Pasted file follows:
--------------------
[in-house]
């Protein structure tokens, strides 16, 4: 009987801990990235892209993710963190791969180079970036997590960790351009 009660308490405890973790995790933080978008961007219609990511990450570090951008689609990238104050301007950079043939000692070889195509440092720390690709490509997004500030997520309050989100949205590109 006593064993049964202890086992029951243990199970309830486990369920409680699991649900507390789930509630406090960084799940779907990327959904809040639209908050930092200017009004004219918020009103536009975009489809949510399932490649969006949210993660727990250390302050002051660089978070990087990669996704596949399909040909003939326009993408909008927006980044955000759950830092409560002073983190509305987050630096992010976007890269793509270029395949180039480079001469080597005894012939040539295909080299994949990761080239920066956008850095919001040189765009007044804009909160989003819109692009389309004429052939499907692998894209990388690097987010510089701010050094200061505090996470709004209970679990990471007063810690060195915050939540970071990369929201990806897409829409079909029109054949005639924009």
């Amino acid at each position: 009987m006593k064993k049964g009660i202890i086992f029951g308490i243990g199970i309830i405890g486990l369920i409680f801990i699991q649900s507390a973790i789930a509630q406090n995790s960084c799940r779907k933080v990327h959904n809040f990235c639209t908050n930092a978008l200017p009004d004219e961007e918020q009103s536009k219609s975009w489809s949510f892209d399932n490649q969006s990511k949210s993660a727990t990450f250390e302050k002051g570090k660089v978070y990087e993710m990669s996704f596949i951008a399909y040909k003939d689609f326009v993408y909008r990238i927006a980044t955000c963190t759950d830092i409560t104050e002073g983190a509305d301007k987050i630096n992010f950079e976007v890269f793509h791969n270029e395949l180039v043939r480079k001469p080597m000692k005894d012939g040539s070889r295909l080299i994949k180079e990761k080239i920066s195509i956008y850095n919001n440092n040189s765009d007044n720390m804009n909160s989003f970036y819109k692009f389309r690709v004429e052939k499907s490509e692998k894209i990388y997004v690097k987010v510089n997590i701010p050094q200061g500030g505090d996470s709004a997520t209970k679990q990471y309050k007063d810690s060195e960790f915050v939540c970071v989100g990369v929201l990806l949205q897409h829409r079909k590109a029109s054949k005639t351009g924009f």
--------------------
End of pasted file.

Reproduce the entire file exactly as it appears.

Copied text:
[in-house]
């Protein structure tokens, strides 16, 4: 009987801990990235892209993710963190791969180079970036997590960790351009 009660308490405890973790995790933080978008961007219609990511990450570090951008689609990238104050301007950079043939000692070889195509440092720390690709490509997004500030997520309050989100949205590109 006593064993049964202890086992029951243990199970309830486990369920409680699991649900507390789930509630406090960084799940779907990327959904809040639209908050930092200017009004004219918020009103536009975009489809949510399932490649969006949210993660727990250390302050002051660089978070990087990669996704596949399909040909003939326009993408909008927006980044955000759950830092409560002073983190509305987050630096992010976007890269793509270029395949180039480079001469080597005894012939040539295909080299994949990761080239920066956008850095919001040189765009007044804009909160989003819109692009389309004429052939499907692998894209990388690097987010510089701010050094200061505090996470709004209970679990990471007063810690060195915050939540970071990369929201990806897409829409079909029109054949005639924009």
């Amino acid at each position: 009987m006593k064993k049964g009660i202890i086992f029951g308490i243990g199970i309830i405890g486990l369920i409680f801990i699991q649900s507390a973790i789930a509630q406090n995790s960084c799940r779907k933080v990327h959904n809040f990235c639209t908050n930092a978008l200017p009004d004219e961007e918020q009103s536009k219609s975009w489809s949510f892209d399932n490649q969006s990511k949210s993660a727990t990450f250390e302050k002051g570090k660089v978070y990087e993710m990669s996704f596949i951008a399909y040909k003939d689609f326009v993408y909008r990238i927006a980044t955000c963190t759950d830092i409560t104050e002073g983190a509305d301007k987050i630096n992010f950079e976007v890269f793509h791969n270029e395949l180039v043939r480079k001469p080597m000692k005894d012939g040539s070889r295909l080299i994949k180079e990761k080239i920066s195509i956008y850095n919001n440092n040189s765009d007044n720390m804009n909160s989003f970036y819109k692009f389309r690709v004429e052939k499907s490509e692998k894209i990388y997004v690097k987010v510089n997590i701010p050094q200061g500030g505090d996470s709004a997520t209970k679990q990471y309050k007063d810690s060195e960790f915050v939540c970071v989100g990369v929201l990806l949205q897409h829409r079909k590109a029109s054949k005639t351009g924009f």